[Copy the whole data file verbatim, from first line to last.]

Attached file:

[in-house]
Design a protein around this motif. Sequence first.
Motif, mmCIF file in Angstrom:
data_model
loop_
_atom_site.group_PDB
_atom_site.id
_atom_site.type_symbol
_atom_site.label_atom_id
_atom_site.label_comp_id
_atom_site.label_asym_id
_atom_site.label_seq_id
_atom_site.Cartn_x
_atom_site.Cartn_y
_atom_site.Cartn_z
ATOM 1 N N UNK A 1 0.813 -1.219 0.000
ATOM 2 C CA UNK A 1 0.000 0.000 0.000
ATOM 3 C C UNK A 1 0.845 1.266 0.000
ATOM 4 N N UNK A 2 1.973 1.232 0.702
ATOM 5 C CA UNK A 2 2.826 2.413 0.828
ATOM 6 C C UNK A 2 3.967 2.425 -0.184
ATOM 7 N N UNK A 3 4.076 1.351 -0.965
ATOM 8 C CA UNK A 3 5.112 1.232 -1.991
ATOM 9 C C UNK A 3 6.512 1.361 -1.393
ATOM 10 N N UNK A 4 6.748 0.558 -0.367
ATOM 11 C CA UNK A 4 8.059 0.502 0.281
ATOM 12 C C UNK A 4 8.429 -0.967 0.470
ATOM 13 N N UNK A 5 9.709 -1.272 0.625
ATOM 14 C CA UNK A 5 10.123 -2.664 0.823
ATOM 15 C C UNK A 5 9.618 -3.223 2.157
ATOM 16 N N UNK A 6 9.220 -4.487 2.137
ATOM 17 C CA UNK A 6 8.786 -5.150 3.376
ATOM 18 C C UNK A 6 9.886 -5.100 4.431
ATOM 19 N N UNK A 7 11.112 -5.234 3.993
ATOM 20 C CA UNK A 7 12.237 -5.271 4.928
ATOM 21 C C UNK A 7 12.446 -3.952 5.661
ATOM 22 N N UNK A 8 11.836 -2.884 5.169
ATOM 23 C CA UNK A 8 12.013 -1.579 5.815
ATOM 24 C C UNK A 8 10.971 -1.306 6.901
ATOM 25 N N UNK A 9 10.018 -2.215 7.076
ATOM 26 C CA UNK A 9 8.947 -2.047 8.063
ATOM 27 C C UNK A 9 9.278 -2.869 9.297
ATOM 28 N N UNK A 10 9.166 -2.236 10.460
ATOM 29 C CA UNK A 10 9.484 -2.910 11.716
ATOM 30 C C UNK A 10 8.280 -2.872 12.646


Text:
[in-house]
Design a protein around this motif. Sequence first.
Motif, mmCIF file in Angstrom:
data_model
loop_
_atom_site.group_PDB
_atom_site.id
_atom_site.type_symbol
_atom_site.label_atom_id
_atom_site.label_comp_id
_atom_site.label_asym_id
_atom_site.label_seq_id
_atom_site.Cartn_x
_atom_site.Cartn_y
_atom_site.Cartn_z
ATOM 1 N N UNK A 1 0.813 -1.219 0.000
ATOM 2 C CA UNK A 1 0.000 0.000 0.000
ATOM 3 C C UNK A 1 0.845 1.266 0.000
ATOM 4 N N UNK A 2 1.973 1.232 0.702
ATOM 5 C CA UNK A 2 2.826 2.413 0.828
ATOM 6 C C UNK A 2 3.967 2.425 -0.184
ATOM 7 N N UNK A 3 4.076 1.351 -0.965
ATOM 8 C CA UNK A 3 5.112 1.232 -1.991
ATOM 9 C C UNK A 3 6.512 1.361 -1.393
ATOM 10 N N UNK A 4 6.748 0.558 -0.367
ATOM 11 C CA UNK A 4 8.059 0.502 0.281
ATOM 12 C C UNK A 4 8.429 -0.967 0.470
ATOM 13 N N UNK A 5 9.709 -1.272 0.625
ATOM 14 C CA UNK A 5 10.123 -2.664 0.823
ATOM 15 C C UNK A 5 9.618 -3.223 2.157
ATOM 16 N N UNK A 6 9.220 -4.487 2.137
ATOM 17 C CA UNK A 6 8.786 -5.150 3.376
ATOM 18 C C UNK A 6 9.886 -5.100 4.431
ATOM 19 N N UNK A 7 11.112 -5.234 3.993
ATOM 20 C CA UNK A 7 12.237 -5.271 4.928
ATOM 21 C C UNK A 7 12.446 -3.952 5.661
ATOM 22 N N UNK A 8 11.836 -2.884 5.169
ATOM 23 C CA UNK A 8 12.013 -1.579 5.815
ATOM 24 C C UNK A 8 10.971 -1.306 6.901
ATOM 25 N N UNK A 9 10.018 -2.215 7.076
ATOM 26 C CA UNK A 9 8.947 -2.047 8.063
ATOM 27 C C UNK A 9 9.278 -2.869 9.297
ATOM 28 N N UNK A 10 9.166 -2.236 10.460
ATOM 29 C CA UNK A 10 9.484 -2.910 11.716
ATOM 30 C C UNK A 10 8.280 -2.872 12.646